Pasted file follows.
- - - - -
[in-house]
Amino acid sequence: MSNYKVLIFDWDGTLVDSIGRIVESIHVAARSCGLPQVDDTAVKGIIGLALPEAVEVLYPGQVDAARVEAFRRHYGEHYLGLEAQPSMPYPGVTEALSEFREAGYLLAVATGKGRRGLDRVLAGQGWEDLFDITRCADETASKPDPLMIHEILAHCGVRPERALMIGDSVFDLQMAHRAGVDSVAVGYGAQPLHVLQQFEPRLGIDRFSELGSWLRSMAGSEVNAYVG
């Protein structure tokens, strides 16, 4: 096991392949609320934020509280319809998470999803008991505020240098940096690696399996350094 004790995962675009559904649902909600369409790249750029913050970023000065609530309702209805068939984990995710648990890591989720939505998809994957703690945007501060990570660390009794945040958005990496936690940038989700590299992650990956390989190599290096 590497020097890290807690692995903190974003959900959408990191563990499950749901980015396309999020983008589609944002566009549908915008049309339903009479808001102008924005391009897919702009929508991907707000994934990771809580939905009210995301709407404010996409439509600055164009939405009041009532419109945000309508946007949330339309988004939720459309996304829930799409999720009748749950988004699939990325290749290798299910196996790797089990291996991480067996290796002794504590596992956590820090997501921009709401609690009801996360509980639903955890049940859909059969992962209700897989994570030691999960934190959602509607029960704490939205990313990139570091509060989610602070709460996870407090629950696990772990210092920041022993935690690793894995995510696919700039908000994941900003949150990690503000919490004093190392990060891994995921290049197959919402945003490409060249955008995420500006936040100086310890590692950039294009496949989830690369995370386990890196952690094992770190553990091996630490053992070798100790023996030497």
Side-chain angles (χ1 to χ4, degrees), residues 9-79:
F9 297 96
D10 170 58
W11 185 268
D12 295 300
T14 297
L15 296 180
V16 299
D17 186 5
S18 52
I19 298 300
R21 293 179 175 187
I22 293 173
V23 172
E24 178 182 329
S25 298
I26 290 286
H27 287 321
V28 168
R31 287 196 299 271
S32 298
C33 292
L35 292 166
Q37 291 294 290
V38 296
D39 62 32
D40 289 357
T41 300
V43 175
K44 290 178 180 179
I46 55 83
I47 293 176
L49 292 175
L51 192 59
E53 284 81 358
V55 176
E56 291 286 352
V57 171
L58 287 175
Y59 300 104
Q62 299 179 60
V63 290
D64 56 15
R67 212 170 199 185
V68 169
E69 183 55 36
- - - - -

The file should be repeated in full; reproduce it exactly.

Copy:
[in-house]
Amino acid sequence: MSNYKVLIFDWDGTLVDSIGRIVESIHVAARSCGLPQVDDTAVKGIIGLALPEAVEVLYPGQVDAARVEAFRRHYGEHYLGLEAQPSMPYPGVTEALSEFREAGYLLAVATGKGRRGLDRVLAGQGWEDLFDITRCADETASKPDPLMIHEILAHCGVRPERALMIGDSVFDLQMAHRAGVDSVAVGYGAQPLHVLQQFEPRLGIDRFSELGSWLRSMAGSEVNAYVG
């Protein structure tokens, strides 16, 4: 096991392949609320934020509280319809998470999803008991505020240098940096690696399996350094 004790995962675009559904649902909600369409790249750029913050970023000065609530309702209805068939984990995710648990890591989720939505998809994957703690945007501060990570660390009794945040958005990496936690940038989700590299992650990956390989190599290096 590497020097890290807690692995903190974003959900959408990191563990499950749901980015396309999020983008589609944002566009549908915008049309339903009479808001102008924005391009897919702009929508991907707000994934990771809580939905009210995301709407404010996409439509600055164009939405009041009532419109945000309508946007949330339309988004939720459309996304829930799409999720009748749950988004699939990325290749290798299910196996790797089990291996991480067996290796002794504590596992956590820090997501921009709401609690009801996360509980639903955890049940859909059969992962209700897989994570030691999960934190959602509607029960704490939205990313990139570091509060989610602070709460996870407090629950696990772990210092920041022993935690690793894995995510696919700039908000994941900003949150990690503000919490004093190392990060891994995921290049197959919402945003490409060249955008995420500006936040100086310890590692950039294009496949989830690369995370386990890196952690094992770190553990091996630490053992070798100790023996030497």
Side-chain angles (χ1 to χ4, degrees), residues 9-79:
F9 297 96
D10 170 58
W11 185 268
D12 295 300
T14 297
L15 296 180
V16 299
D17 186 5
S18 52
I19 298 300
R21 293 179 175 187
I22 293 173
V23 172
E24 178 182 329
S25 298
I26 290 286
H27 287 321
V28 168
R31 287 196 299 271
S32 298
C33 292
L35 292 166
Q37 291 294 290
V38 296
D39 62 32
D40 289 357
T41 300
V43 175
K44 290 178 180 179
I46 55 83
I47 293 176
L49 292 175
L51 192 59
E53 284 81 358
V55 176
E56 291 286 352
V57 171
L58 287 175
Y59 300 104
Q62 299 179 60
V63 290
D64 56 15
R67 212 170 199 185
V68 169
E69 183 55 36